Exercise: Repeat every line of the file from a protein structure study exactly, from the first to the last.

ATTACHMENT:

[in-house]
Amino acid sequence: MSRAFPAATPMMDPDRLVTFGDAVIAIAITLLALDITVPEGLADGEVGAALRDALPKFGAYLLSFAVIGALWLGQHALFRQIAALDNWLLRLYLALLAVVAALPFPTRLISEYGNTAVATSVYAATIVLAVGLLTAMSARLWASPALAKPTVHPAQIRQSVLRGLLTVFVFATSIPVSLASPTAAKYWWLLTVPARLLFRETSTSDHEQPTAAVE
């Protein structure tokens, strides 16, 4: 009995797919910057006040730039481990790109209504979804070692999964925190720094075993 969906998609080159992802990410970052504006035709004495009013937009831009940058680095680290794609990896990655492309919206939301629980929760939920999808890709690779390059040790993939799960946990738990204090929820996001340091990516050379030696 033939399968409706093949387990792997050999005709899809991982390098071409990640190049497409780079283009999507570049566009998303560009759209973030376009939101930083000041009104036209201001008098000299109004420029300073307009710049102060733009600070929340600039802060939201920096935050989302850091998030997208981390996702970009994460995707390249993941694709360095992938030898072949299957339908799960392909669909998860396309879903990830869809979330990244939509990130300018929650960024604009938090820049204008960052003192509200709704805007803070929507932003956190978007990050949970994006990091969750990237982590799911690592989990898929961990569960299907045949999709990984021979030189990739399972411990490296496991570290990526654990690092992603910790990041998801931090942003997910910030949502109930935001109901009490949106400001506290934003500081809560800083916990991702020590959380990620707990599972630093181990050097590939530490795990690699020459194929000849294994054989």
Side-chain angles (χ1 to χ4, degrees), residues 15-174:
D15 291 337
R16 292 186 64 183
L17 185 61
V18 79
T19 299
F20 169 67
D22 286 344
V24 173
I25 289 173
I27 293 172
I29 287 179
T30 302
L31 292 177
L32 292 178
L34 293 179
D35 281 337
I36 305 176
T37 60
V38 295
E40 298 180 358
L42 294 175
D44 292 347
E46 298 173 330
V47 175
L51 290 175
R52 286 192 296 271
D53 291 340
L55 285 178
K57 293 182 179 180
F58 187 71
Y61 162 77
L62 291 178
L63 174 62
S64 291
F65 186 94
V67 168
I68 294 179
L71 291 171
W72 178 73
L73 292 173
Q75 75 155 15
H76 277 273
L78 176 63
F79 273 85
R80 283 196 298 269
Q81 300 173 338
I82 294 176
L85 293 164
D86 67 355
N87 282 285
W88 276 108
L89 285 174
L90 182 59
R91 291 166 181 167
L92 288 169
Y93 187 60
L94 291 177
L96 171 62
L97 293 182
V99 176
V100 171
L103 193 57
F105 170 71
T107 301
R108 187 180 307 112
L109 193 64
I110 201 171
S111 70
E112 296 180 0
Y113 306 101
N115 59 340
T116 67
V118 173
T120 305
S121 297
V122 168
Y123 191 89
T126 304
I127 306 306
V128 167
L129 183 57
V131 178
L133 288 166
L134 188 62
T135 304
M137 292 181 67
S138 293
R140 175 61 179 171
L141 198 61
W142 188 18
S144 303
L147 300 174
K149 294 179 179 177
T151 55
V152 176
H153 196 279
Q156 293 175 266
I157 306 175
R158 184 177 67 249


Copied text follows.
[in-house]
Amino acid sequence: MSRAFPAATPMMDPDRLVTFGDAVIAIAITLLALDITVPEGLADGEVGAALRDALPKFGAYLLSFAVIGALWLGQHALFRQIAALDNWLLRLYLALLAVVAALPFPTRLISEYGNTAVATSVYAATIVLAVGLLTAMSARLWASPALAKPTVHPAQIRQSVLRGLLTVFVFATSIPVSLASPTAAKYWWLLTVPARLLFRETSTSDHEQPTAAVE
């Protein structure tokens, strides 16, 4: 009995797919910057006040730039481990790109209504979804070692999964925190720094075993 969906998609080159992802990410970052504006035709004495009013937009831009940058680095680290794609990896990655492309919206939301629980929760939920999808890709690779390059040790993939799960946990738990204090929820996001340091990516050379030696 033939399968409706093949387990792997050999005709899809991982390098071409990640190049497409780079283009999507570049566009998303560009759209973030376009939101930083000041009104036209201001008098000299109004420029300073307009710049102060733009600070929340600039802060939201920096935050989302850091998030997208981390996702970009994460995707390249993941694709360095992938030898072949299957339908799960392909669909998860396309879903990830869809979330990244939509990130300018929650960024604009938090820049204008960052003192509200709704805007803070929507932003956190978007990050949970994006990091969750990237982590799911690592989990898929961990569960299907045949999709990984021979030189990739399972411990490296496991570290990526654990690092992603910790990041998801931090942003997910910030949502109930935001109901009490949106400001506290934003500081809560800083916990991702020590959380990620707990599972630093181990050097590939530490795990690699020459194929000849294994054989």
Side-chain angles (χ1 to χ4, degrees), residues 15-174:
D15 291 337
R16 292 186 64 183
L17 185 61
V18 79
T19 299
F20 169 67
D22 286 344
V24 173
I25 289 173
I27 293 172
I29 287 179
T30 302
L31 292 177
L32 292 178
L34 293 179
D35 281 337
I36 305 176
T37 60
V38 295
E40 298 180 358
L42 294 175
D44 292 347
E46 298 173 330
V47 175
L51 290 175
R52 286 192 296 271
D53 291 340
L55 285 178
K57 293 182 179 180
F58 187 71
Y61 162 77
L62 291 178
L63 174 62
S64 291
F65 186 94
V67 168
I68 294 179
L71 291 171
W72 178 73
L73 292 173
Q75 75 155 15
H76 277 273
L78 176 63
F79 273 85
R80 283 196 298 269
Q81 300 173 338
I82 294 176
L85 293 164
D86 67 355
N87 282 285
W88 276 108
L89 285 174
L90 182 59
R91 291 166 181 167
L92 288 169
Y93 187 60
L94 291 177
L96 171 62
L97 293 182
V99 176
V100 171
L103 193 57
F105 170 71
T107 301
R108 187 180 307 112
L109 193 64
I110 201 171
S111 70
E112 296 180 0
Y113 306 101
N115 59 340
T116 67
V118 173
T120 305
S121 297
V122 168
Y123 191 89
T126 304
I127 306 306
V128 167
L129 183 57
V131 178
L133 288 166
L134 188 62
T135 304
M137 292 181 67
S138 293
R140 175 61 179 171
L141 198 61
W142 188 18
S144 303
L147 300 174
K149 294 179 179 177
T151 55
V152 176
H153 196 279
Q156 293 175 266
I157 306 175
R158 184 177 67 249